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Marital Infidelity and Intimate Partner Violence in Rural Malawi: A Dyadic Investigation

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Abstract

Extramarital sexual partnerships are a common reason for intimate partner violence (IPV) in sub-Saharan Africa. Despite the fact that IPV requires an interaction between two partners, the majority of the research focuses on individuals rather than the broader relationship context where such violence takes place. Using a sample of 422 married couples from rural Malawi, this study examined the dyadic environment of marital infidelity and two types of IPV victimization: sexual coercion and physical abuse. We considered both self-reported marital infidelity and perceived partner infidelity to assess how well partners knew each other and to compare their respective associations with IPV. Logistic regression was used to test for associations between self-reported marital infidelity and IPV. Multilevel logistic regression was used to examine actor and partner effects of perceived partner infidelity on an individual’s and their partner’s experience of IPV. The results show that self-reported marital infidelity was not significantly associated with IPV for men or women. However, the perception of a partner’s infidelity was significantly associated with both an individual’s and their partner’s risk for sexual coercion and physical abuse. Contrary to the “sexual double standard” hypothesis, women were not significantly more likely than men to report being physically abused when their partners suspected infidelity. Future studies should continue to explore the relationship context of IPV in sub-Saharan Africa in order to understand how spouses mutually shape each other’s experience of IPV and subsequent health outcomes.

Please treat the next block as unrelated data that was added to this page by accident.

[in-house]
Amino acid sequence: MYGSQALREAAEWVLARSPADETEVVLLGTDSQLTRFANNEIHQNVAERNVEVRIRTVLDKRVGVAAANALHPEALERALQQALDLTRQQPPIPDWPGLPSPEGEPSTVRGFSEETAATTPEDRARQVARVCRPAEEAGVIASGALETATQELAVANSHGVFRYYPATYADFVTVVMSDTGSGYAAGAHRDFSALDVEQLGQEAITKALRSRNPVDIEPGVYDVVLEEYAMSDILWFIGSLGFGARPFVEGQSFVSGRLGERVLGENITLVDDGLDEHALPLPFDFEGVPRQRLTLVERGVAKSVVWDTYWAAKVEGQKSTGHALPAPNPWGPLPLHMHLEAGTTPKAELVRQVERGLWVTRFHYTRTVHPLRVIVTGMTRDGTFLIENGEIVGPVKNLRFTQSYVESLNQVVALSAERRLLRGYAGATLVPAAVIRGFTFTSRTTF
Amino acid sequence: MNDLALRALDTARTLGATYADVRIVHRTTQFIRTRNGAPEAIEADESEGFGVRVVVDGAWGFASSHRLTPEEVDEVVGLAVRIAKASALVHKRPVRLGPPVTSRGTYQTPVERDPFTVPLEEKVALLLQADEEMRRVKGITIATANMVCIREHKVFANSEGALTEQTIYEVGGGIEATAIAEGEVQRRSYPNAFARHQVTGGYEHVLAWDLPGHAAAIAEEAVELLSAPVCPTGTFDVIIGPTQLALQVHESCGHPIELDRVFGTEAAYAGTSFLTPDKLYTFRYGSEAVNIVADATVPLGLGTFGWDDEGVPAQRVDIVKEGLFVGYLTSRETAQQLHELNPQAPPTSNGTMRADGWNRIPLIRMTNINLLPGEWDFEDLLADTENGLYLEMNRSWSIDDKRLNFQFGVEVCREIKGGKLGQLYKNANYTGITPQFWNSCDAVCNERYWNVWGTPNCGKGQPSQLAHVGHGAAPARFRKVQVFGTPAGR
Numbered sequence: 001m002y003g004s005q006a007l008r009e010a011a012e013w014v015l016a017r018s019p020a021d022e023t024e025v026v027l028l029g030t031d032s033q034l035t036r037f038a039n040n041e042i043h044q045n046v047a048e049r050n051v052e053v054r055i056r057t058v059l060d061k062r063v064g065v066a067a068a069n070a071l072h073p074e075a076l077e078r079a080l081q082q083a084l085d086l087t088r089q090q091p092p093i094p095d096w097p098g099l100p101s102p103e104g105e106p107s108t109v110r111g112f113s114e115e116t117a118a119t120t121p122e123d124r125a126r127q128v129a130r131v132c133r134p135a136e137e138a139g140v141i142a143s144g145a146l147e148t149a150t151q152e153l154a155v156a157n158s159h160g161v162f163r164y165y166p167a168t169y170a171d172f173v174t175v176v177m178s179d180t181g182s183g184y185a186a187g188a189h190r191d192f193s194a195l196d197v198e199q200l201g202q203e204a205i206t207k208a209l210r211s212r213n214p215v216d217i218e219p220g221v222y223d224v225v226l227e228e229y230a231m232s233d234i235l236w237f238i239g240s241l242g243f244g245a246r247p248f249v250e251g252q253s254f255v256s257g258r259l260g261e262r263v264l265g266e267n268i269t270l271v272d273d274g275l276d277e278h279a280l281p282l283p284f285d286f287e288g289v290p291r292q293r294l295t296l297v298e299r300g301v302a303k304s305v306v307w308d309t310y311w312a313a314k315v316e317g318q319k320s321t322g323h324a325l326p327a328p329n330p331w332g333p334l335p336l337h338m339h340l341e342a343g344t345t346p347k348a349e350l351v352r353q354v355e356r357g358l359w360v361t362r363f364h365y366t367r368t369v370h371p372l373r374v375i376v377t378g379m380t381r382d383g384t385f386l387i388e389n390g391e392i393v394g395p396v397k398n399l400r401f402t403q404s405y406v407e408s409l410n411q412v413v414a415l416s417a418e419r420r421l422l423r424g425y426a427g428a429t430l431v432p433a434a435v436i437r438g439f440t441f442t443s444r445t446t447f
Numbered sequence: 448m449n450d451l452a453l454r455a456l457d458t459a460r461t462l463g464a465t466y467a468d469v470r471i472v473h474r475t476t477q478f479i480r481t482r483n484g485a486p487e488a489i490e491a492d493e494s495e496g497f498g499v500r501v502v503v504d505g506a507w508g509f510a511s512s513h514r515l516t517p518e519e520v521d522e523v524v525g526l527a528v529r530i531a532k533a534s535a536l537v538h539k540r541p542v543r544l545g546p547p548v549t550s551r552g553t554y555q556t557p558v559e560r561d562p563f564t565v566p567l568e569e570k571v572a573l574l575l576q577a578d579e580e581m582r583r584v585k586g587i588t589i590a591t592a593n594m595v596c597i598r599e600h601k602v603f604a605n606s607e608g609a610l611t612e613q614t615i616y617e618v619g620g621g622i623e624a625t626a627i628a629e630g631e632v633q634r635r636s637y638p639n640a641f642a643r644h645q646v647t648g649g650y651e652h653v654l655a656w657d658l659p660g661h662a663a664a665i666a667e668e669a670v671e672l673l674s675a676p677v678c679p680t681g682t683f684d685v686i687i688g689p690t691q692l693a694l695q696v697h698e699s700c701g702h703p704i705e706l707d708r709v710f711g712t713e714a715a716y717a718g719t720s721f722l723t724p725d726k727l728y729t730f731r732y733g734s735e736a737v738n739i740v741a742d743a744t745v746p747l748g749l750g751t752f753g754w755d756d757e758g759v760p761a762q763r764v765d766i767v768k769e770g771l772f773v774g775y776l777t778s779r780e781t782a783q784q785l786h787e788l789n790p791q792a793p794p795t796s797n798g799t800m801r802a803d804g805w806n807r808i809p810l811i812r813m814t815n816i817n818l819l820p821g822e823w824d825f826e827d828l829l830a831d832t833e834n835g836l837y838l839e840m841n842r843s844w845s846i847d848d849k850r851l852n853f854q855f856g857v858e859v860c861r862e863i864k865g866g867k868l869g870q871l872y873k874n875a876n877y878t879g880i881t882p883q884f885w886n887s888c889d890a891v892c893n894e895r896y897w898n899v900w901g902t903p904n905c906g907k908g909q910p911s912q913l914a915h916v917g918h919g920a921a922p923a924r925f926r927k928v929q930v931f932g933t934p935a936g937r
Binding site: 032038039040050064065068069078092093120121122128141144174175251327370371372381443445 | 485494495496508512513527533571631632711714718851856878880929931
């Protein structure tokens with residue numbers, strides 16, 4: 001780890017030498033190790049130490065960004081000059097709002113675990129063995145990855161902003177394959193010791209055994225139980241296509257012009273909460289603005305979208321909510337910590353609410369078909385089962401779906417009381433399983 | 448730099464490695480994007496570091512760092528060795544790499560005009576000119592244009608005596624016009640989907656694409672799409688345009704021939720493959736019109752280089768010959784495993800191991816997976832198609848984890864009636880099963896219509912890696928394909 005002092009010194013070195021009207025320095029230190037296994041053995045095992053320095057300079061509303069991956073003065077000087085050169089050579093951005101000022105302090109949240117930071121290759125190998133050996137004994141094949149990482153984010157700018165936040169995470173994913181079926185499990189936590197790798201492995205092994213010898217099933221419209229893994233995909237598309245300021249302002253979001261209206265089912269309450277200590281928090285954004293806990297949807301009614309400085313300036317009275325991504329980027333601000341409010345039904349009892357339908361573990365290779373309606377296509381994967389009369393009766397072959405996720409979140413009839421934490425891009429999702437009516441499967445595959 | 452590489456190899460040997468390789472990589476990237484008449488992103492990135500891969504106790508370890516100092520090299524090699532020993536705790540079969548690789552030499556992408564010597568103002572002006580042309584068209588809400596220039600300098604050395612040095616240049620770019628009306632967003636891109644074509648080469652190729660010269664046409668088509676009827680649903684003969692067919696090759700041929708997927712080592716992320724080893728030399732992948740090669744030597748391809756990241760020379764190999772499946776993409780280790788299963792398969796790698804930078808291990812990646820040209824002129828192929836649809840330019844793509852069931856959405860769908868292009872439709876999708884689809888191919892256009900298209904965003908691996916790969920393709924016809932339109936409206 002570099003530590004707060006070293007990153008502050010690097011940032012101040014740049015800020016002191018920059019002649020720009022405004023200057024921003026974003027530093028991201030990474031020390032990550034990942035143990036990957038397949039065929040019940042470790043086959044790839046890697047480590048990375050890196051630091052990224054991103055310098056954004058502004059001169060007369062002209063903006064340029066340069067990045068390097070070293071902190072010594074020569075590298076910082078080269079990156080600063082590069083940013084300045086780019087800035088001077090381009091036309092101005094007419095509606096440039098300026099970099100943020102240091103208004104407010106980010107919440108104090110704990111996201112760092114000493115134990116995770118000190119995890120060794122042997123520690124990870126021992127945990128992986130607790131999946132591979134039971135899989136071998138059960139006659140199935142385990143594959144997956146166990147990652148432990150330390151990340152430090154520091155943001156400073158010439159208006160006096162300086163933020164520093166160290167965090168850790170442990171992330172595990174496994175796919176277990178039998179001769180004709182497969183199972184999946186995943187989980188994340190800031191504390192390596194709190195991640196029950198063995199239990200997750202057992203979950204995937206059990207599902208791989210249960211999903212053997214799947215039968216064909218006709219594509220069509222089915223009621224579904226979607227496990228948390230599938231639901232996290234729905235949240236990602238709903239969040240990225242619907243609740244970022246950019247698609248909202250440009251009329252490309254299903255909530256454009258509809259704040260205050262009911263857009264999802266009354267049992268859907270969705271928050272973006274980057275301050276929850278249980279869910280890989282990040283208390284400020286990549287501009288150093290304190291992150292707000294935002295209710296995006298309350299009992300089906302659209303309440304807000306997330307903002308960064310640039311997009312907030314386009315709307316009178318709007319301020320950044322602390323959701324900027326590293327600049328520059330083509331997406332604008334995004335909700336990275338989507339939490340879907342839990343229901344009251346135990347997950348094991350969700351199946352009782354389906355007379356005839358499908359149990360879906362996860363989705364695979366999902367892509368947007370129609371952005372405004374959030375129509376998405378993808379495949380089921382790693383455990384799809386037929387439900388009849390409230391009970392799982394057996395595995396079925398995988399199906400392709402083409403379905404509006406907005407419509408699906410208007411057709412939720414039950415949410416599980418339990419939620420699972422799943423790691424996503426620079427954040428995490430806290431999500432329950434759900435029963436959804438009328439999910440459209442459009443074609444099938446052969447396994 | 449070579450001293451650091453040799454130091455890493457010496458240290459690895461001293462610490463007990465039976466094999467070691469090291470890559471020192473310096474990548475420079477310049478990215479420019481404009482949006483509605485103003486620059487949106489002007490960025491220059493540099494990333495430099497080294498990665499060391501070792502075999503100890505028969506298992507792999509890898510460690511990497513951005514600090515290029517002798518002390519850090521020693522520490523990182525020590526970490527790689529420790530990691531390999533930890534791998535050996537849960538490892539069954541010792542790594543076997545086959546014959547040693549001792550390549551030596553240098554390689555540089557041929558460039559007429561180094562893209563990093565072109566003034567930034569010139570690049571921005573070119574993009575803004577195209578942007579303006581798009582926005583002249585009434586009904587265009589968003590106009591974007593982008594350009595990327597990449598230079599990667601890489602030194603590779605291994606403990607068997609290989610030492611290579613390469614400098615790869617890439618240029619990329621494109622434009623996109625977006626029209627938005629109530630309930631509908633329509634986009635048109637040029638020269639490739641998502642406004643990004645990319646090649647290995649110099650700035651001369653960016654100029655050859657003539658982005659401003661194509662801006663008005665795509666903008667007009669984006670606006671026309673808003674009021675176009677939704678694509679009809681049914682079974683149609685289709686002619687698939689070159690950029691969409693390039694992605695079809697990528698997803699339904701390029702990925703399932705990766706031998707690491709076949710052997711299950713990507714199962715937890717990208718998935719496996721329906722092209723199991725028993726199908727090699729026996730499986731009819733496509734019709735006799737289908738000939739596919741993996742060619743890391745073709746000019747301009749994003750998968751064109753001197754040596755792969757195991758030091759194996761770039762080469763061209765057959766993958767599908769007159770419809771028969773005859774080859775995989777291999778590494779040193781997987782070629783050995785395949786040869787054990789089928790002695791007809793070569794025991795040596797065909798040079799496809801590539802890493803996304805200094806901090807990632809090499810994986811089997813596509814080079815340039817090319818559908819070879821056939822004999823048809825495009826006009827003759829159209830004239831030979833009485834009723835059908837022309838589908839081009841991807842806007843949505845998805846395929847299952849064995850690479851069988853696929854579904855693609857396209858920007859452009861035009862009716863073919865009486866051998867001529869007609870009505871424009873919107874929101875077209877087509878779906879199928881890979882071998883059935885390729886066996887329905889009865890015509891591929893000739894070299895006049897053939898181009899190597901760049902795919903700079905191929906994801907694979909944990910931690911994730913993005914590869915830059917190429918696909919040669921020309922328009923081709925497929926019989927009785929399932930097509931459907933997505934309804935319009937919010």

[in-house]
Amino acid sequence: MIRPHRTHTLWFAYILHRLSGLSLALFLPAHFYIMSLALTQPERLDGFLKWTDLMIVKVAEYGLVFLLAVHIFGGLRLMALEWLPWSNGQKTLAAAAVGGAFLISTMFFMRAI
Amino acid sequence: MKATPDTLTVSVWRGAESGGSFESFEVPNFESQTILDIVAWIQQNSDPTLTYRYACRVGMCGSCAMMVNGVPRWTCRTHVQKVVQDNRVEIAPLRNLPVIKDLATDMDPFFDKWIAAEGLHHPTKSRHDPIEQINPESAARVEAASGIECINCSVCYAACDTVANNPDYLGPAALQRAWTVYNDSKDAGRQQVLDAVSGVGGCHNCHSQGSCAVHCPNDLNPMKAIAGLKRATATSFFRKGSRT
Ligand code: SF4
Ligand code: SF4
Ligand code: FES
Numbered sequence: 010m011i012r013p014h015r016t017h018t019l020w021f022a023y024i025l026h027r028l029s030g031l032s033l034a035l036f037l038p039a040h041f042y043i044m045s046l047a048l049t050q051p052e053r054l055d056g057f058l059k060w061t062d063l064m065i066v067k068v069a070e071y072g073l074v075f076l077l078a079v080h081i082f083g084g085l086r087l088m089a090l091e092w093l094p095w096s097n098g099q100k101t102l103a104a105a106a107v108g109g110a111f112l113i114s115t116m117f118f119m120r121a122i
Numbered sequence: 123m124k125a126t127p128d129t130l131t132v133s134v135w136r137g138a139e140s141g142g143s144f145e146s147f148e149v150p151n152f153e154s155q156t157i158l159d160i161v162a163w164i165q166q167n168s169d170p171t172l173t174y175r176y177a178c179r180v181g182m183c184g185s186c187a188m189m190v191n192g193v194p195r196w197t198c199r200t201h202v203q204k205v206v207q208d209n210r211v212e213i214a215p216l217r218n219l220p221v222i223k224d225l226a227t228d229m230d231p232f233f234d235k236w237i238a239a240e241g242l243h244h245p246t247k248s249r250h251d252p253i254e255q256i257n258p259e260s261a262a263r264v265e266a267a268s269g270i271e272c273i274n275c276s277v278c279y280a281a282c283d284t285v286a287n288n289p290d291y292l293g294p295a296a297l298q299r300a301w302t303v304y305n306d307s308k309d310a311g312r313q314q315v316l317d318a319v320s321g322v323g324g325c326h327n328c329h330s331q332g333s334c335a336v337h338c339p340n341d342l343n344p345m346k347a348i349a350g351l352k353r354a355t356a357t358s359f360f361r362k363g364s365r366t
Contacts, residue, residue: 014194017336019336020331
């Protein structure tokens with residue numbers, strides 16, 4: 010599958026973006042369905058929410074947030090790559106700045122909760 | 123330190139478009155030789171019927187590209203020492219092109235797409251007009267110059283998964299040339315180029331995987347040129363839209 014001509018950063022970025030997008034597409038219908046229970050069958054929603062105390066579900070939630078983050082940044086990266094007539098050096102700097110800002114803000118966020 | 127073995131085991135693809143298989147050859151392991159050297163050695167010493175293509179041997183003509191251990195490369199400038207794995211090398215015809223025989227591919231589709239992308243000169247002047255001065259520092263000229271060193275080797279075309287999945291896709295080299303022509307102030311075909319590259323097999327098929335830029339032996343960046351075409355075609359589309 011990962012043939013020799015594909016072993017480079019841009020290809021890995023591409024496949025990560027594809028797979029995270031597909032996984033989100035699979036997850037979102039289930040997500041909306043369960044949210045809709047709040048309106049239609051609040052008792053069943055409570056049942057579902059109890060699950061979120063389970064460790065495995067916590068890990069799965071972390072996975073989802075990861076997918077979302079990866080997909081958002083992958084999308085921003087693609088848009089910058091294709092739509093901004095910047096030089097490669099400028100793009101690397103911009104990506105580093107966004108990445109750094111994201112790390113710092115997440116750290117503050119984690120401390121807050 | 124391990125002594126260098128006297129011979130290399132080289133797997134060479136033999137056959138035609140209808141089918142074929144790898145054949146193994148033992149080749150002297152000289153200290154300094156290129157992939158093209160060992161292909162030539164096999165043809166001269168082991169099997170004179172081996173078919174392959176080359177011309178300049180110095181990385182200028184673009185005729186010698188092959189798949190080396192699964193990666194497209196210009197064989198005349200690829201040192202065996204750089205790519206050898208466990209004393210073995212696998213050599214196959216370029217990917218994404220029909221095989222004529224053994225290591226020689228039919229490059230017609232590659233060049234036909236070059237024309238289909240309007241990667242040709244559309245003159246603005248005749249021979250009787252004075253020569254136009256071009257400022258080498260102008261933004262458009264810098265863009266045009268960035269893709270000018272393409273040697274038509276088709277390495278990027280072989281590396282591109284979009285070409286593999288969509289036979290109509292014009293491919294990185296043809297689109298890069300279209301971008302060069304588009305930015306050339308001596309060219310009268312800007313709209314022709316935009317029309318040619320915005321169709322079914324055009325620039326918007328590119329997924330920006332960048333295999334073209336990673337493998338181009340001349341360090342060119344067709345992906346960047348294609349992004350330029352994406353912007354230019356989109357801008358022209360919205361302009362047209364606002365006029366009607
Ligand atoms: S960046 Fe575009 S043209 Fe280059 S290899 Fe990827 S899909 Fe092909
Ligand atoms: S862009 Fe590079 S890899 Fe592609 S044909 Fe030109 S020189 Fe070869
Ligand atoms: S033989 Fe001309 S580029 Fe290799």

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Notes

  1. Refer to http://projects.pop.psu.edu/tlt for more information about the TLT dataset, to request data access, and for replication files.

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Acknowledgments

This research was supported by grants F31-MH093260 and T32-MH19105 from the National Institutes of Mental Health and grant R01-HD058366 from the National Institute of Child Health and Human Development. Special thanks to Sara Yeatman, Monica Longmore, and several anonymous reviewers for their valuable feedback on earlier versions of this article.

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Correspondence to Amy A. Conroy.

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Conroy, A.A. Marital Infidelity and Intimate Partner Violence in Rural Malawi: A Dyadic Investigation. Arch Sex Behav 43, 1303–1314 (2014). https://doi.org/10.1007/s10508-014-0306-2

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